For its December 15 1975 cover, Time magazine (still over a decade away from merging with Warner Brothers and becoming their unofficial marketing division) placed a ravishing looking image of Marisa Berenson on their cover along with the headline, “Kubrick’s Grandest Gamble.”
Barry Lyndon was indeed a gamble by Kubrick, and it didn’t initially pay off for him, or Warner Brothers. It did better in Europe, but in America, it was his first non-hit since his pre-Spartacus salad days as a scrappy independent Bronx-born filmmaker. (However, it did win four Oscars, for Best Cinematography, Art Direction, Musical Score, and Costumes.)
Long, deliberately-paced, and without an obvious timely pop culture theme, unlike the sex and titillation of Lolita, the sex and Cold War-obsessed Dr. Strangelove, the planet-hopping 2001: A Space Odyssey, or the “ultraviolence” of A Clockwork Orange. Kubrick evidently believed that the reputation he had developed as America’s premier auteur would have been enough to fill theater seats for his challenging historic epic, along with the help of Ryan O’Neal, coming off such hits as Love Story, What’s Up Doc, and Paper Moon.
When Barry Lyndon debuted, critics praised the film’s lavish cinematography, but panned the stiff performances by O’Neal and Berenson, the film’s leads. Over the years, as is invariably the case with Kubrick’s films, Barry Lyndon has undergone a significant critical rehabilitation – Martin Scorsese calls it his favorite Kubrick film, Roger Ebert included it in his Great Movies collection, and it currently has an 8.1 rating at IMDB. However, among the public, Barry Lyndon remains the least-known of Kubrick’s mature films, perhaps because it lacks an obvious pop culture meme or hook. (No cowboys riding nuclear bombs, apes tossing bones into monoliths or “Here’s Johnny!” catchphrases here.)
But as the new Criterion Collection Blu-Ray edition of Barry Lyndon reminds movie lovers, the film amply rewards repeated viewings. Its script, written solely by Kubrick, based on William Makepeace Thackery’s previously little-known 1844 first novel, The Luck of Barry Lyndon, is remarkably well structured, with subtle callbacks to both 2001 and A Clockwork Orange. The film is in two parts, the first devoted to, as its title card notes, “By What Means Redmond Barry Acquired the Style and Title of Barry Lyndon,” hopping from Barry’s birthplace in mid-18th century Ireland to Germany and Belgium. The second part of the film, titled “Containing an Account of the Misfortunes and Disasters Which Befell Barry Lyndon” is much more melodramatic, until its climatic duel that seals Barry’s fate.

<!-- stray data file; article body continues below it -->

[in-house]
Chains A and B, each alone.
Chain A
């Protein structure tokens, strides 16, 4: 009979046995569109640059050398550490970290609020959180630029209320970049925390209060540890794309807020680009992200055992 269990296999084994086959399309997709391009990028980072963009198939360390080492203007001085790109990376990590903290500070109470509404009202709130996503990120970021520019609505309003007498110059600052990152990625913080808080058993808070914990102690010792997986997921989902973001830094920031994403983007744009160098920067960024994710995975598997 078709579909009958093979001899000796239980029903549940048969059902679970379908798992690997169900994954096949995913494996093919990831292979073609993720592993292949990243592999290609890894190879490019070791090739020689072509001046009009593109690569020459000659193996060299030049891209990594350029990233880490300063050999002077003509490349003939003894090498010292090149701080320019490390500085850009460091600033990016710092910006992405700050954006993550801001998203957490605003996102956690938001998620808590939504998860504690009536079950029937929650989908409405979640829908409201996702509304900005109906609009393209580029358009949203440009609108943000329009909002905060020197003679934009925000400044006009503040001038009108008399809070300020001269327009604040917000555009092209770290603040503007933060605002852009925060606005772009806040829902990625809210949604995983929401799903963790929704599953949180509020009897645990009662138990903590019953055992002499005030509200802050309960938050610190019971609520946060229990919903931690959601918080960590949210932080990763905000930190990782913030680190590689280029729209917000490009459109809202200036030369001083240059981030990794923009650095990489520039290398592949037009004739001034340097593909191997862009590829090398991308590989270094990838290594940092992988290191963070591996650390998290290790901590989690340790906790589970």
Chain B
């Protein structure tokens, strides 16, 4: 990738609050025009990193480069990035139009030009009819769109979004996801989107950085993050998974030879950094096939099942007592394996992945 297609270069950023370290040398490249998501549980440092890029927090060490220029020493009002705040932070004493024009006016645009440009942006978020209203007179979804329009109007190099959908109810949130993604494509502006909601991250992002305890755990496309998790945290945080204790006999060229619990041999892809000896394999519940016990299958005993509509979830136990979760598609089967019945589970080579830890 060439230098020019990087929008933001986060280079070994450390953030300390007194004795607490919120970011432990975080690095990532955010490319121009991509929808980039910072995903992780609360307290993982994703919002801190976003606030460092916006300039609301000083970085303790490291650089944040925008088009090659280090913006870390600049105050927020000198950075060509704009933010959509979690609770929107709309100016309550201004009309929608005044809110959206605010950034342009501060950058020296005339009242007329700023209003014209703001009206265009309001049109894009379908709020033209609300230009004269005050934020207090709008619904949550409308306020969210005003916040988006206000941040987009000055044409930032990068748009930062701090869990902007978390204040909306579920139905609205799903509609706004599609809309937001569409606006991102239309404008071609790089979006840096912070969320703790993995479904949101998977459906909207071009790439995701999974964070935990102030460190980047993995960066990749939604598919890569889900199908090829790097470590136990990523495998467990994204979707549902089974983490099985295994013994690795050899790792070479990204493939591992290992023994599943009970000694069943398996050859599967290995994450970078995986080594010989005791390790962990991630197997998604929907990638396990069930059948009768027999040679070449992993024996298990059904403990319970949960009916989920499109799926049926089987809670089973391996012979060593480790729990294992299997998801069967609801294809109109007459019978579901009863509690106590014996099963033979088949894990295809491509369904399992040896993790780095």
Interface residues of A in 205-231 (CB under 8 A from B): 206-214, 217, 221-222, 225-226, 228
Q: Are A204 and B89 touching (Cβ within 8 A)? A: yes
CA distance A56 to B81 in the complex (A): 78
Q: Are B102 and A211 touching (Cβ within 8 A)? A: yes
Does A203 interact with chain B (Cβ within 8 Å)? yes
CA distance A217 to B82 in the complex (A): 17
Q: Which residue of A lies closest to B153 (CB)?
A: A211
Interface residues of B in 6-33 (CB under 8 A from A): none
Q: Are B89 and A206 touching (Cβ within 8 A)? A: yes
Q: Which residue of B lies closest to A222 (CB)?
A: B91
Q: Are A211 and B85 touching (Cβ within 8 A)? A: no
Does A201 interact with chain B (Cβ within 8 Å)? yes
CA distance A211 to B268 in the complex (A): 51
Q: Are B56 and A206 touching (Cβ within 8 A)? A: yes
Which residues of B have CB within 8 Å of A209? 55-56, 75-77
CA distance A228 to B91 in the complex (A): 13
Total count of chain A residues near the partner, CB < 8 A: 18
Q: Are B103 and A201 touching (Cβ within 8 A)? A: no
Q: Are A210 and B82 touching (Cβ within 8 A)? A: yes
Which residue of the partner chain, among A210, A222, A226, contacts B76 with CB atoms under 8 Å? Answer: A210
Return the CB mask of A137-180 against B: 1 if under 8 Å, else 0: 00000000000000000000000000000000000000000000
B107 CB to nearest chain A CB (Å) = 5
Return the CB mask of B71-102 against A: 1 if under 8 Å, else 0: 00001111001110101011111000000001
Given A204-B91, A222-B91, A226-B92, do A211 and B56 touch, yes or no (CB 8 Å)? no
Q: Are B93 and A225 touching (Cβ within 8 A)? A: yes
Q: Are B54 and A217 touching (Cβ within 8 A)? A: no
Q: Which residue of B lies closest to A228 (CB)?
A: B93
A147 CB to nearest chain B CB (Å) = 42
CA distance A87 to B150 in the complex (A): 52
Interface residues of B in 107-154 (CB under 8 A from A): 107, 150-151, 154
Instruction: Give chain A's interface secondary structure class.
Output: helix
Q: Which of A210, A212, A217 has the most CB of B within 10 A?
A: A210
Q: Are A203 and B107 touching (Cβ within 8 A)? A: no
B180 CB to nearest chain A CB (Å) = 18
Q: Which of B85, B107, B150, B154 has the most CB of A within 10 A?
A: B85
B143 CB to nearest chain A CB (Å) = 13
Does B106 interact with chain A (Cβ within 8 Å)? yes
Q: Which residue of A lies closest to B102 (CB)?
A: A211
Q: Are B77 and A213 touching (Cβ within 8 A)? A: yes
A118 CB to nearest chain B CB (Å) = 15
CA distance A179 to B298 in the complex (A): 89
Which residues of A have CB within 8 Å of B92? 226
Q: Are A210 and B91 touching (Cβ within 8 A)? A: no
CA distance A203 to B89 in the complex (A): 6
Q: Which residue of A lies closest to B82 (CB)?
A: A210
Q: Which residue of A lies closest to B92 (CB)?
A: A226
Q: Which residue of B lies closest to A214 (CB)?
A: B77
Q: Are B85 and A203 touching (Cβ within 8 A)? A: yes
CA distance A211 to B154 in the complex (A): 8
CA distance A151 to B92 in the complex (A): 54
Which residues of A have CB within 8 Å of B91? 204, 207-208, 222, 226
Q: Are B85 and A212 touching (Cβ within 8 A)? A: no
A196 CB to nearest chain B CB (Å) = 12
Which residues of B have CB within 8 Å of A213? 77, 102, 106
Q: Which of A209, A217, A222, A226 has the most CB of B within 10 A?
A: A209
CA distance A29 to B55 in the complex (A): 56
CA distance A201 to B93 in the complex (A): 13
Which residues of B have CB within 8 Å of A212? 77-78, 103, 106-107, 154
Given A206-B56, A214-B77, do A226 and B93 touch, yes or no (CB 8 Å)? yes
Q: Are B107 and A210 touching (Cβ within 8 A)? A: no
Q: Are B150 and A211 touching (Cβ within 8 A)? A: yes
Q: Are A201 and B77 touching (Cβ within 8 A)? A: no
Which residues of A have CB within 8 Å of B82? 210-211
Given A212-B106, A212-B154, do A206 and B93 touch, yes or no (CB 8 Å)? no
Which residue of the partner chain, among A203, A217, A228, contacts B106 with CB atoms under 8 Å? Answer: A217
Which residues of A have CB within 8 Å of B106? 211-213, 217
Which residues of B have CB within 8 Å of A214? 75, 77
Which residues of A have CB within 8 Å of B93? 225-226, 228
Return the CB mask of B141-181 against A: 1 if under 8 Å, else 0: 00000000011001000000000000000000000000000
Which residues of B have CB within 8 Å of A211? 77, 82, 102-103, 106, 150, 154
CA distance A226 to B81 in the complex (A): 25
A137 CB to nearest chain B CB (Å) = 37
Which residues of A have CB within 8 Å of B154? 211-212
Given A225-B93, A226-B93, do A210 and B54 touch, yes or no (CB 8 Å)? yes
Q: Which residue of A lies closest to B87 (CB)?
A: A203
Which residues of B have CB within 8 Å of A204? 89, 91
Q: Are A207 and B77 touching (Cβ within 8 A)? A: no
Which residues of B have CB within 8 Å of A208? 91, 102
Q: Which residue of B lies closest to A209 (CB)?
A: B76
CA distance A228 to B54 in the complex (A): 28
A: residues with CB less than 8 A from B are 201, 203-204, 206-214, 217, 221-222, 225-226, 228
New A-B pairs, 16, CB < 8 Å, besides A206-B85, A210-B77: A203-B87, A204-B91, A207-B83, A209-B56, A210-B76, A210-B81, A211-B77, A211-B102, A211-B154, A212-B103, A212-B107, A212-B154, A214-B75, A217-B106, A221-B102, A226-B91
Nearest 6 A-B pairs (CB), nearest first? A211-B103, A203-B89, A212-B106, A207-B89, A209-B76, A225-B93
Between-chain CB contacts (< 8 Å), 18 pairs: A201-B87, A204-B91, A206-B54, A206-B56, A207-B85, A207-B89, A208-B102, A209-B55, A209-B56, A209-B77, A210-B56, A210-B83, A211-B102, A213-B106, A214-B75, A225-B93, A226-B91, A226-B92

From its title to General Turgidson’s personal secretary lounging in a bikini to Slim Pickens straddling a remarkably phallic nuclear bomb, Dr. Stranglove was obviously a film about sex. 2001: A Space Odyssey was a film about birth: we see the Dawn of Man, Dr. Floyd wishes his daughter a happy birthday, astronaut Frank Poole’s parents wish him a happy birthday, HAL tells David Bowman about his birth, and finally Bowman is reborn as the Nietzschean Star Child in the film’s climax.
Note: Spoilers abound from here on in. If you’ve never seen the film before, you’ve been warned.
Never Go In Against an Irishman when Death is On The Line
Barry Lyndon, which some saw as a sequel of sorts to 2001 because its 18th century setting seems to begin where 2001 left off, is a film whose repeated leitmotif is death. The film begins with Barry’s father dying in a duel over horses, and not long afterwards, Barry cries helplessly as his best friend, Capt. Grogan dies in his arms after being shot in battle. Part one of the film ends with a sarcastic Barry so inciting the elderly husband of Lady Lyndon that he dies of a heart attack, paving the way for her marriage to Barry. The film’s emotional climax is the death of Barry’s son, which sets in motion Barry’s dissipation and slow demise. The film’s final title card before the closing credits drives the point home: “It was in the reign of George III that the aforesaid personages lived and quarrelled; good or bad, handsome or ugly, rich or poor, they are all equal now.”